Downtown banking on three-day EVE event
New Year. New downtown festival. Call her EVE. Hope they come.
It's a bit of a roll of the dice, but downtown Salt Lake City seems ready for something of its own after 16 years of the First Night celebrations, say promoters of a three-day New Year's event.
The Downtown Alliance festival actually kicked off Monday evening with the opening of an eBay-sponsored charity benefit but it swings into full gear today and ends with fireworks as the clock strikes midnight on Thursday.
The festival replaces First Night, an event that was started in Boston and eventually staged nationwide, with one that its sponsors hope will grow to produce a seasonal sports atmosphere like the Winter Olympics of 2002.
Across 14 venues, from the Gallivan Center to the Joseph Smith Memorial Building, EVE will feature live music, film screenings, dance parties, ski and snowboard competitions and laser shows. Activities begin each day at 3 p.m.
"EVE is absolutely home grown," Jason Mathis, executive director of the Downtown Alliance, said Monday. "We've come up with it ourselves, an event that is totally unique to Utah."
Downtown, whose businesses are plagued by the deepest recession since the Great Depression and key parts of which are under construction with the building of the City Creek Center outdoor mall, needed a new "brand," said Mathis.
Back is Jeffrey Berke Productions, the event and theatrical company that produced First Night when it first was tried in Salt Lake City and which also put together events for the 2002 Games.
John Speros, owner of the Lamb's Grill Cafe, a venerable downtown restaurant that has seen many New Year's Eves, said he wants the new event to succeed. But he wonders whether it can sustain itself over three days given that attendance at First Night declined considerably over its years of operation.
"It's little befuddling that they would expect over a three-day period they would bring those people down," said Speros. "They have had a hard time getting people down for just one day."
Mike Brown, marketing director for Red Rock Brewing pub and restaurant, echoed Speros.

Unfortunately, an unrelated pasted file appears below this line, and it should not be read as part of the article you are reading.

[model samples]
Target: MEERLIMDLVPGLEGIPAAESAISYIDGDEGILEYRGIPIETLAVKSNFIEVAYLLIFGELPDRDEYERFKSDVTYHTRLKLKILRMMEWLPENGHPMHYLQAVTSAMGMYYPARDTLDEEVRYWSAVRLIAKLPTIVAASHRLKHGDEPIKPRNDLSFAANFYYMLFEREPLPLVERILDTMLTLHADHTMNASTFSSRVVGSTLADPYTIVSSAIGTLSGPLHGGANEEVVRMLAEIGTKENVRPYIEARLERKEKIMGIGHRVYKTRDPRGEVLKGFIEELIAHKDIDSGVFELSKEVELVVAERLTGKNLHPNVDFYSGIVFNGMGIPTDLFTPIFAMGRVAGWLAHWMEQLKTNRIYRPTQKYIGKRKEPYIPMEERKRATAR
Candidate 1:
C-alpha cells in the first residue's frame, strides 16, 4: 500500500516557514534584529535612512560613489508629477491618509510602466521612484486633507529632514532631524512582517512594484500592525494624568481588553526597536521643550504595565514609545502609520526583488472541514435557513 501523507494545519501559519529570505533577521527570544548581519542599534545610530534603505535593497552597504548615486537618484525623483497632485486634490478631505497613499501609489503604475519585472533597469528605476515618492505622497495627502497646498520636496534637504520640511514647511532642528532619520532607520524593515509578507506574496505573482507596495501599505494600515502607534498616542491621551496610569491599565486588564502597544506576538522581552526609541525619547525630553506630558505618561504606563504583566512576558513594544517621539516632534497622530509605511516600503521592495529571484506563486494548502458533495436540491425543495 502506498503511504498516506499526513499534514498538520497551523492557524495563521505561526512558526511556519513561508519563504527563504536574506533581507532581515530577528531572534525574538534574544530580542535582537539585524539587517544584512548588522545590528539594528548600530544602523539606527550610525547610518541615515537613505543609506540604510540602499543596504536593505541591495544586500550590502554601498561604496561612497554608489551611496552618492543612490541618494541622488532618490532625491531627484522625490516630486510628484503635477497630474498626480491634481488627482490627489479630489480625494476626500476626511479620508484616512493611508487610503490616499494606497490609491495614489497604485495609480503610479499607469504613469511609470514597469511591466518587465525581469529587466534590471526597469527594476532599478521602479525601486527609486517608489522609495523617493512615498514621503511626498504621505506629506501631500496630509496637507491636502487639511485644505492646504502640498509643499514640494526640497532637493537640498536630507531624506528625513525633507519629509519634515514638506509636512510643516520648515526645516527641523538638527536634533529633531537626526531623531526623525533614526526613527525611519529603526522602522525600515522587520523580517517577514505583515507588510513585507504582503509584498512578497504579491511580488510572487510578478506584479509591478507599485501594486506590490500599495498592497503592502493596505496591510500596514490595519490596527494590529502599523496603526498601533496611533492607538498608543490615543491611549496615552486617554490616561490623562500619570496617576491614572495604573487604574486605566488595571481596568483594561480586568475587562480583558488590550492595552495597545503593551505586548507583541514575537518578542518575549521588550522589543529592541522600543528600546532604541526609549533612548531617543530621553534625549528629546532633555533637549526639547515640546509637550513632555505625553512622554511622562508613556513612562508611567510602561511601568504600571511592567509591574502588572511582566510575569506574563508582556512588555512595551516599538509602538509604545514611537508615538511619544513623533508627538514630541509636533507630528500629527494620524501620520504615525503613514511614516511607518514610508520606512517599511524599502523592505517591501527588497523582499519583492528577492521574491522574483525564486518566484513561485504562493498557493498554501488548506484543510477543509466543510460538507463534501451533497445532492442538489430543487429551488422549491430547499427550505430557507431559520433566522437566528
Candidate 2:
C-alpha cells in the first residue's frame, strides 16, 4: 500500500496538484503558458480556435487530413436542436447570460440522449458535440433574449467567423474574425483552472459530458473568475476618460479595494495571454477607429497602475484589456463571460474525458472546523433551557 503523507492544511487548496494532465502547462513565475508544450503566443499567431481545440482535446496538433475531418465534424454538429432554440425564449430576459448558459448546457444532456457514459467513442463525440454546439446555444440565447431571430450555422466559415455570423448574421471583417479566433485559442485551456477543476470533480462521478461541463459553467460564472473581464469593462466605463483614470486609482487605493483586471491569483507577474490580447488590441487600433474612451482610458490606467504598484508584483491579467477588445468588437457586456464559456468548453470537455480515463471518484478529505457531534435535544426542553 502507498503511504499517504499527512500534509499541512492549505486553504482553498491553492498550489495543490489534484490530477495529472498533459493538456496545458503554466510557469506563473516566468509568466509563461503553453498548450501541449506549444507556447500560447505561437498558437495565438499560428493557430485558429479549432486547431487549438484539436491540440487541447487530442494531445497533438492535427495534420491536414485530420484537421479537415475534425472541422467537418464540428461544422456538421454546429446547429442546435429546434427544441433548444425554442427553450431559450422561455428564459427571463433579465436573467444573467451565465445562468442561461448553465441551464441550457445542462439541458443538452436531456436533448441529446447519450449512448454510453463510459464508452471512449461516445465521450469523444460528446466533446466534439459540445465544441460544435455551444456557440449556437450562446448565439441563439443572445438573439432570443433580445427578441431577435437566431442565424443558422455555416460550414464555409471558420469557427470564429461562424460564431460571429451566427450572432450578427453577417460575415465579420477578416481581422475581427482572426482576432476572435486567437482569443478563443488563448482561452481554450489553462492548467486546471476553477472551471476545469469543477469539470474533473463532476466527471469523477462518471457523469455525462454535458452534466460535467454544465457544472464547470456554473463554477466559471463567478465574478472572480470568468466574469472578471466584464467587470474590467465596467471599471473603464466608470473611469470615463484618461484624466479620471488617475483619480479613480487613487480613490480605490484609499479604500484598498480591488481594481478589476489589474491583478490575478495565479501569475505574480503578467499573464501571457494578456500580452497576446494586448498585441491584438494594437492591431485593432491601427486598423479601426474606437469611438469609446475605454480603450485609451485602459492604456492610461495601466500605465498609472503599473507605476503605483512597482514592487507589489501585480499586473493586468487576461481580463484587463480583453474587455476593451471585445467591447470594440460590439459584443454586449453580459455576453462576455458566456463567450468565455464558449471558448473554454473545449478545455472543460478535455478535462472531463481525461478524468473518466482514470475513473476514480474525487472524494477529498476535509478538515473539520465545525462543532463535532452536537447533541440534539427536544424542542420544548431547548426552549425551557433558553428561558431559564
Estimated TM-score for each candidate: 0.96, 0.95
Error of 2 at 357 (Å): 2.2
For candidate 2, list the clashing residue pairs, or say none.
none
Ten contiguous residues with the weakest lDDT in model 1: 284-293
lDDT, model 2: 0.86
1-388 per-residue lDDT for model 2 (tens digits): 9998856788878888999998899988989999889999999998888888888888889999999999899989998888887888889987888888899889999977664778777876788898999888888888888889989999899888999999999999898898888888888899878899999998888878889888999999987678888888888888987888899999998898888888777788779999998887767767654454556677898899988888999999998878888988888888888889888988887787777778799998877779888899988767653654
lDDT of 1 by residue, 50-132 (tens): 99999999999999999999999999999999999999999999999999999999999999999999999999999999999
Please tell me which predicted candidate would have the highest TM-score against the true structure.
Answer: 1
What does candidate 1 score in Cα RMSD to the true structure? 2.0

"We're optimistic, as we hope everyone would be," said Brown. "Whether the 29th and 30th turn out to be a good option is still up in the air."
Mathis acknowledged the new event was somewhat of a gamble.
"It's safe to say my neck and Jeffrey's neck are out on this," he said. "If it's not successful, we'll definitely know about it."
But Berke said a review of First Night showed its appeal was limited to certain groups. With EVE, spread over three days and featuring events for various ages, sponsors are hoping to attract a greater range of participants.
"There are people who will rarely if ever make a choice to leave their home on New Year's Eve with their family or they always leave town and go somewhere," he said. "And with a one-day event that took place only in the evening on Dec. 31 we eliminated a lot of people from the opportunity to participate in a citywide festival."
Mathis described the first EVE as a modest effort that could be expanded if it proves successful. The sponsors would like to create a winter festival and recapture some of the spirit of the Olympic Games, he said.
"I think we have this collective memory of what the Olympics were like, walking around downtown with thousands of other people who had smiles on their faces and were happy to be outside, even though it was cold," said Mathis. "I think very few other communities will have that collective memory of being in a winter festival that's exciting and dynamic."
He sees future festivals as more integrated with Utah's winter sports.
What » Athletics, music and arts festival replacing First Night
When » Today through Thursday
Where » Downtown Salt Lake City
Cost » Adult wristbands $15 (for all three days); children 10 and under free. Purchase at Fresh Markets (formerly Albertsons), Beans and Brews Coffee Houses, The Gateway concierge, EVE venues or online.
More information » http://www.eveslc.com
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